Things have been hectic in Karthi these past two weeks: but they are a good hectic as opposed to the previous months' health scares. Mid-march, our elder kiddo was done with his annual exams, but he did not have anyone to play with because all our neighboring kids still had their exams to wrestle with. Fortunately, we did have a teeny trip of two days to Kottayam to attend this:
Yes, my mother-in-law had offered to have two Garudans from our home for the family temple festival and we had a lovely time attending all the various parts of the ceremony. I am really sorry for not having good pictures because our rechargeable batteries chose to give out at the crucial parts and I didn't get any good pics of the performance itself.
But hey, I'm jumping ahead... The day started with a carpenter shaving off spools of mango-tree wood to make the necklace for the Garudan - the ceremony is called "Mampool" (Mavu - mango tree, pool - wood-shavings). You can see the 'pendant' made with the wood shavings in the photo above. Then we busied ourselves with decorating the courtyard with tender coconut leaves slit into long shreds with (of all things) a nail. As I sat making them, I marveled at how eco-friendly, simple and elegant they are as a decoration. We also arranged chairs and desks for the 250 + guests who would be arriving for dinner.
After 5 pm, we went to the temple for the first ceremony of the day, the Keli kottu that would be performed in front of the deity:
That is my mother-in-law offering the dakshina before the Keli began.
Then the Keli started. It is easy to become inured to these traditional drums while living in Kerala, especially during the festival season, when you can hear their distinctive sound blaring from speakers everywhere. It's quite another matter to listen to a live performance. I decided to give it my whole attention and discovered several things! I noticed that there were only three lead drummers and all the others were there only to provide the basic beat in single or double time and chipped in to really drum only in the last ultra-fast stages. I noticed that as the beat got faster, the drummers put a leg forward and bent at the waist to get at their drums better. They eased off and went back to the bent posture so effortlessly that it looked like a dance. At the crescendo, I closed my eyes to hear the beat better and I could hear the drums "speak" - they had a human voice going "dhak, dhin, dhak, dhin". I was so astonished that my eyes flew open and I gawked. Our younger son gave himself up to the beat so much that he held out his arms sideways and wheeled around - only later when I saw the Garudans "fly" did I understand that he had been mimicking the dance itself - and this is a 3-year-old who has never watched a Garudan performance in his life!!!
Soon we went home and got the Ganapathi offering ready:
and had yet another rousing round of the Keli at in our car porch:
Then it was time for the Garudan performers to get ready and for us to greet the guests and serve them dinner. After 9 p.m., the Garudans came down and started flying. My batteries gave out during that time and this is the only picture I have of that part.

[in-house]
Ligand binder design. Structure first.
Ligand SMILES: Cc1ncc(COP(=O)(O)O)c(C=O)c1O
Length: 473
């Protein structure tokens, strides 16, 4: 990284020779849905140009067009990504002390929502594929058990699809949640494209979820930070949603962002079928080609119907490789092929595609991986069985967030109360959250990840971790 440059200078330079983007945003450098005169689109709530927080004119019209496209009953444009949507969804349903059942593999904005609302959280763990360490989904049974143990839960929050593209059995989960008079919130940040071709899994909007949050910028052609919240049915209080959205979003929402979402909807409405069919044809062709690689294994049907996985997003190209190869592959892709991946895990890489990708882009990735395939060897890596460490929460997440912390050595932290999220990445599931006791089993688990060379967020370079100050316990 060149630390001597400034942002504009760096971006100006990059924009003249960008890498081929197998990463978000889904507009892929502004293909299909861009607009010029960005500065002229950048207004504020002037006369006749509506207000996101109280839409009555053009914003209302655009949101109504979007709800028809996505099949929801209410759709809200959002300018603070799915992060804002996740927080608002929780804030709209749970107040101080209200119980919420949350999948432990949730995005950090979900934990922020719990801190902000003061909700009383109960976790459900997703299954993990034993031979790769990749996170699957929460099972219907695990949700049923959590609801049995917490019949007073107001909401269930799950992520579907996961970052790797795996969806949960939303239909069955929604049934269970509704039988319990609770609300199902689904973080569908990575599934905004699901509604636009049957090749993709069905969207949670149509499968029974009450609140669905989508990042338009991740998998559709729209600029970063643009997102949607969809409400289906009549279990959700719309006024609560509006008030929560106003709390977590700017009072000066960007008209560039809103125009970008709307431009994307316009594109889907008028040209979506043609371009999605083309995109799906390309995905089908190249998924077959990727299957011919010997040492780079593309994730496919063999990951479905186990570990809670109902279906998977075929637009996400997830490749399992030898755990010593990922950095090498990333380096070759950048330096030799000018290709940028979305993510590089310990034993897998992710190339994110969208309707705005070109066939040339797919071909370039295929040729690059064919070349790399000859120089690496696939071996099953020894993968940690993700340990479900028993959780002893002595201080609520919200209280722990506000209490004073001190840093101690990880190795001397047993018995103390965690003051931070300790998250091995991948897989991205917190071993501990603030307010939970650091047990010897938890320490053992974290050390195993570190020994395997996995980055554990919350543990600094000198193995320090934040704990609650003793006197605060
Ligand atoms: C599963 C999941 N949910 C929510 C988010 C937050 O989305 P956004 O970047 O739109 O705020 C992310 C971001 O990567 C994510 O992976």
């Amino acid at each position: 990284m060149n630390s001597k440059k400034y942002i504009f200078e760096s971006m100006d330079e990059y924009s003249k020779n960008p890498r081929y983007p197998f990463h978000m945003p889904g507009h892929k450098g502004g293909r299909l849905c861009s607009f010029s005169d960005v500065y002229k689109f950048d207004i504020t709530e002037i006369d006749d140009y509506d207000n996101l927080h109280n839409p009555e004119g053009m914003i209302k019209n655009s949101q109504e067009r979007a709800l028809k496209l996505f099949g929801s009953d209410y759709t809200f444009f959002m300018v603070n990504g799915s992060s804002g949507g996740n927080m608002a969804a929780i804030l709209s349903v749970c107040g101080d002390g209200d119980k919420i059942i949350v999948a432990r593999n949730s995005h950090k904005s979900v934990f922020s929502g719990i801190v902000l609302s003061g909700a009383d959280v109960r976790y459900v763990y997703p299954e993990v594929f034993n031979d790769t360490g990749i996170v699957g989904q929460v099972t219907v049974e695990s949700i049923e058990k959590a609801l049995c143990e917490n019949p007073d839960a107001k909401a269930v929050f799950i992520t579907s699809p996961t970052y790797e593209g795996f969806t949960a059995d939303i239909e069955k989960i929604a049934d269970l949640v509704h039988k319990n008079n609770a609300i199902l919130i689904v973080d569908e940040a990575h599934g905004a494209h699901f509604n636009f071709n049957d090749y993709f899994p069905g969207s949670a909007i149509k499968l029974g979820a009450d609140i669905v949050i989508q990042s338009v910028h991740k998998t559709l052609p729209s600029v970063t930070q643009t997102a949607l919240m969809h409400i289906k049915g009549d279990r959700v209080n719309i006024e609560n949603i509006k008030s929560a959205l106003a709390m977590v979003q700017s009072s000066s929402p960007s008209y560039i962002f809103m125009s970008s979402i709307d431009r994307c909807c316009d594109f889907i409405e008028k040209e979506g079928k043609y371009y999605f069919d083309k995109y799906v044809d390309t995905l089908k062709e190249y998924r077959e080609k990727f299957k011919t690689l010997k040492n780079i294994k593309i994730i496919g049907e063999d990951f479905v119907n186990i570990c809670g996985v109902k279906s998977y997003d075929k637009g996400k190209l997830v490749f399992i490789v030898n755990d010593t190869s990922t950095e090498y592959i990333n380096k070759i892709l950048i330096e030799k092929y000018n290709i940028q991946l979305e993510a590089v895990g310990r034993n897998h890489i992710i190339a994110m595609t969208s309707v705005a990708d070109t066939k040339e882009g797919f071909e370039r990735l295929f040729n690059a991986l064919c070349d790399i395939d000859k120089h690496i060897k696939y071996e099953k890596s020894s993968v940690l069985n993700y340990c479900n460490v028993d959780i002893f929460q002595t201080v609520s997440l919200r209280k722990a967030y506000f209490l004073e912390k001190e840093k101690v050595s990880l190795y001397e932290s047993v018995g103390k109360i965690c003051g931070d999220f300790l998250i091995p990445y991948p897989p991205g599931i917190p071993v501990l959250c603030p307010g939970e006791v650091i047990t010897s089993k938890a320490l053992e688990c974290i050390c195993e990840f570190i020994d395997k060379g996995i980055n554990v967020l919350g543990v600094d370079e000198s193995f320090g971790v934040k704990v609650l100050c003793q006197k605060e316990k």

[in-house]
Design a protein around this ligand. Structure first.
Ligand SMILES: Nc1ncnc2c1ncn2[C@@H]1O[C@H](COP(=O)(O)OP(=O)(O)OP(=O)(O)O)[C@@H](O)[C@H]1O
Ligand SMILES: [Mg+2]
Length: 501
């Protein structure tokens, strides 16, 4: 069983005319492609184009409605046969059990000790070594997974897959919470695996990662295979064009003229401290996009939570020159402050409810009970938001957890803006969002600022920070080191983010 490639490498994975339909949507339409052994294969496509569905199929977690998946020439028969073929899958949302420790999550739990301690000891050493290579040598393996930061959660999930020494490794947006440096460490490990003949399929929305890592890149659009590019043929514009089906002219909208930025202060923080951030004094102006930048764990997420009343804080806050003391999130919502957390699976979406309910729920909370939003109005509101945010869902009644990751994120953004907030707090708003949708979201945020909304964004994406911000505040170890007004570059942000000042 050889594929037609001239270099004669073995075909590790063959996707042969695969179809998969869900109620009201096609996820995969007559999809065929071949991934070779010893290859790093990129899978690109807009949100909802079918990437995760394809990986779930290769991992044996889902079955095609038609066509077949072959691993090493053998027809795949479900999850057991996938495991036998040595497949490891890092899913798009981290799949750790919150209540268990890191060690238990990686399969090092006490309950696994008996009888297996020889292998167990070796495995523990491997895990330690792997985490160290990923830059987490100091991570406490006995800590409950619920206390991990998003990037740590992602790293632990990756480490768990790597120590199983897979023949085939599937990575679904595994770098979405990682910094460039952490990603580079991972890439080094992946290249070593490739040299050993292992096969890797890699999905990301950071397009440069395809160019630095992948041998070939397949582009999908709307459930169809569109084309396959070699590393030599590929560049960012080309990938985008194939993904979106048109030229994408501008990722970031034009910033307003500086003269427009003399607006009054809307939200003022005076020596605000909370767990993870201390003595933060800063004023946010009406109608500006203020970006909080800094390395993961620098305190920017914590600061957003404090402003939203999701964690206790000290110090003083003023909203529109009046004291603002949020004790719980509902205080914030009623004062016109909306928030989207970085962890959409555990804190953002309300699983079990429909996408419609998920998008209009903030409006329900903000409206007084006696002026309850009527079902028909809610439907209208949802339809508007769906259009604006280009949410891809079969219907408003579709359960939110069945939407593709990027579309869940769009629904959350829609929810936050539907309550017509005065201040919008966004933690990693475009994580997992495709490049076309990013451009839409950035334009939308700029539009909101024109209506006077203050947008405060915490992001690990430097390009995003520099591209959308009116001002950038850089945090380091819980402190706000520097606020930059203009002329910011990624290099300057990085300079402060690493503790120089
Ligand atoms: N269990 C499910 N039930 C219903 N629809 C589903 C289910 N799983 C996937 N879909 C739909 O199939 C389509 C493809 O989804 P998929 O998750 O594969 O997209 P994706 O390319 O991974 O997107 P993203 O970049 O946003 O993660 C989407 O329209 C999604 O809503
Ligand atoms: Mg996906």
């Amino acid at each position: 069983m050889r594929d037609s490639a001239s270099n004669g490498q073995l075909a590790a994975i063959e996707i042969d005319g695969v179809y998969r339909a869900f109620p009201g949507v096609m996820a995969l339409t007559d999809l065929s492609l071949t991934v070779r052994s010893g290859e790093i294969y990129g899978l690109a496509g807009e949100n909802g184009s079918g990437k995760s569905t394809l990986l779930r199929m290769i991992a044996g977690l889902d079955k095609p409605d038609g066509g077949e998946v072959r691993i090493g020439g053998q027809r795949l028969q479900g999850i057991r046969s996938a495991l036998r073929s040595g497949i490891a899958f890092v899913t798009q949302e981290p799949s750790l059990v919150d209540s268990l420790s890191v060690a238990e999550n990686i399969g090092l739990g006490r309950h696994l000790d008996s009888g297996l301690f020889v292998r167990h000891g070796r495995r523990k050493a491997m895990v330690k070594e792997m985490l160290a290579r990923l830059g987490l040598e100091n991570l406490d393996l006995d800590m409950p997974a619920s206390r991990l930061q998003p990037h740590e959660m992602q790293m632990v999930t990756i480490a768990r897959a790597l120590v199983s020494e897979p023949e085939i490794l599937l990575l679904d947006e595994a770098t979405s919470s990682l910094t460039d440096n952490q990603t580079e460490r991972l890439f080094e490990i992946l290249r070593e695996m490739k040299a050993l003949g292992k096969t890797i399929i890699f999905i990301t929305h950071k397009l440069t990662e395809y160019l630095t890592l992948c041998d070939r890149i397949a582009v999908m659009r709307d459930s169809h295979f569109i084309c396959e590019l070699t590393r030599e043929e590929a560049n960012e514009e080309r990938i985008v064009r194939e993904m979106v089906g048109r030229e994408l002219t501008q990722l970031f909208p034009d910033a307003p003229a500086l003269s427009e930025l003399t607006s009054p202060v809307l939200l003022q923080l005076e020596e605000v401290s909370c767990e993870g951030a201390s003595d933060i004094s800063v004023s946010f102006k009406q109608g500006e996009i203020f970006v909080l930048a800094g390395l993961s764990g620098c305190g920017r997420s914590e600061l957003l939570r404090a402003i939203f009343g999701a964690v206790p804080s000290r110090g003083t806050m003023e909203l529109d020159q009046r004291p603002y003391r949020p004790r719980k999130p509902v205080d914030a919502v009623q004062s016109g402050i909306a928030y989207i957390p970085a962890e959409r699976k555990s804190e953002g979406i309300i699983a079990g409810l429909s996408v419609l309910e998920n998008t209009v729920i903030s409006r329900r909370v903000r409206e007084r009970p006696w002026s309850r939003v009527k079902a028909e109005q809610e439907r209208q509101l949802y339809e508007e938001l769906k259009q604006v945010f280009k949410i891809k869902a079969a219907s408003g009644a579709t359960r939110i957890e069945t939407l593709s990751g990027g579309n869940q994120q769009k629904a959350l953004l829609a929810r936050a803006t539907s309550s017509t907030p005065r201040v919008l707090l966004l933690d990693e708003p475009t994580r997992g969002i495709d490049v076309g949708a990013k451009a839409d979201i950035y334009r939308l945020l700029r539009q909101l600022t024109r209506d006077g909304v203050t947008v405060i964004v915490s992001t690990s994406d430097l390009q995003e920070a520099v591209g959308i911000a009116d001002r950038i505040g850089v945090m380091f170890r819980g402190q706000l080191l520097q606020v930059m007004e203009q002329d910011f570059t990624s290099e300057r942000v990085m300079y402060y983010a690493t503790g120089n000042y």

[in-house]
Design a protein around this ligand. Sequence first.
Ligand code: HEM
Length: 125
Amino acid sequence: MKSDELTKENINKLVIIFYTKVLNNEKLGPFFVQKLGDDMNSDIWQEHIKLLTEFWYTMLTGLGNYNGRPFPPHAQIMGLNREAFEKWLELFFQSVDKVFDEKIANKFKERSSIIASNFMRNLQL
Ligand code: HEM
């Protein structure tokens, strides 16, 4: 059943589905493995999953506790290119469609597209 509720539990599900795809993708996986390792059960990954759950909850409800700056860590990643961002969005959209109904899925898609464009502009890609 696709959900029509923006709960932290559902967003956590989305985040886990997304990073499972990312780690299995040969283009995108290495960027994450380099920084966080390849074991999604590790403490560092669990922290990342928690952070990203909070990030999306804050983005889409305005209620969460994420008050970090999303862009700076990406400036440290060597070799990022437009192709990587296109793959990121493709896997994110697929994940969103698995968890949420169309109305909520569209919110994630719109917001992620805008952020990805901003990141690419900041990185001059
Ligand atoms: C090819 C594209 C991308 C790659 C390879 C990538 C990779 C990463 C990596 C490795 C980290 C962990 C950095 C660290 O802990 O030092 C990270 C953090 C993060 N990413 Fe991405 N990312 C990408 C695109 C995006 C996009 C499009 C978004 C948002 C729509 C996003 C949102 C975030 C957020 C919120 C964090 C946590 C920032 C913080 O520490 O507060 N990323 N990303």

I know it's not a good picture, but I think the blurriness conveys their incredible speed. It was a joy watching them - both exhibited quite different styles of performance. One was all about footwork; he stepped so blithely to the beat that it was difficult to keep track of his feet with our eyes, let alone a camera. The other was a more acrobatic Garudan, who jumped more, wheeled around and even bent backwards to pick up (with his beak!) the coins and notes that were offered to them on the floor. This went on for 45 minutes till the Garudans and the drums wound down. Then it was time for them to rest and recuperate before going to the temple.
At midnight, our ringing ears underwent another onslaught as the Garudans went around our home, blessing it and then ascended on their "chaadu". They plucked bananas with their beaks and flung them into the crowd and the kids scrambled for this prasadam.
Once we reached the temple, the ceremony was mesmeric with the slow ascension of the drummers and the "birds" to the temple, punctuated with bursts of heat from the sawdust thrown on to flaming torches and confetti streaming down. We went around the temple once and our acrobatic Garudan astounded us even more by jumping on to the low walls and back in his perambulation. My DH muttered that it gave him a backache just to WATCH the performance!!!
The final performance was right in front of the temple where the Garudans mimed catching and disposing of the serpents (in this case, two snippets of a red ixora garland) and it was funny, watching the Garudans cocking their heads and conferring with each other bird fashion on how to catch their prey.
When it was over, it was almost 2 a.m. in the morning, our kiddos were still wide awake and we were left with tired bodies, but euphoric minds. Our long-anticipated Garudan offering went without a hitch and that was all we had asked for.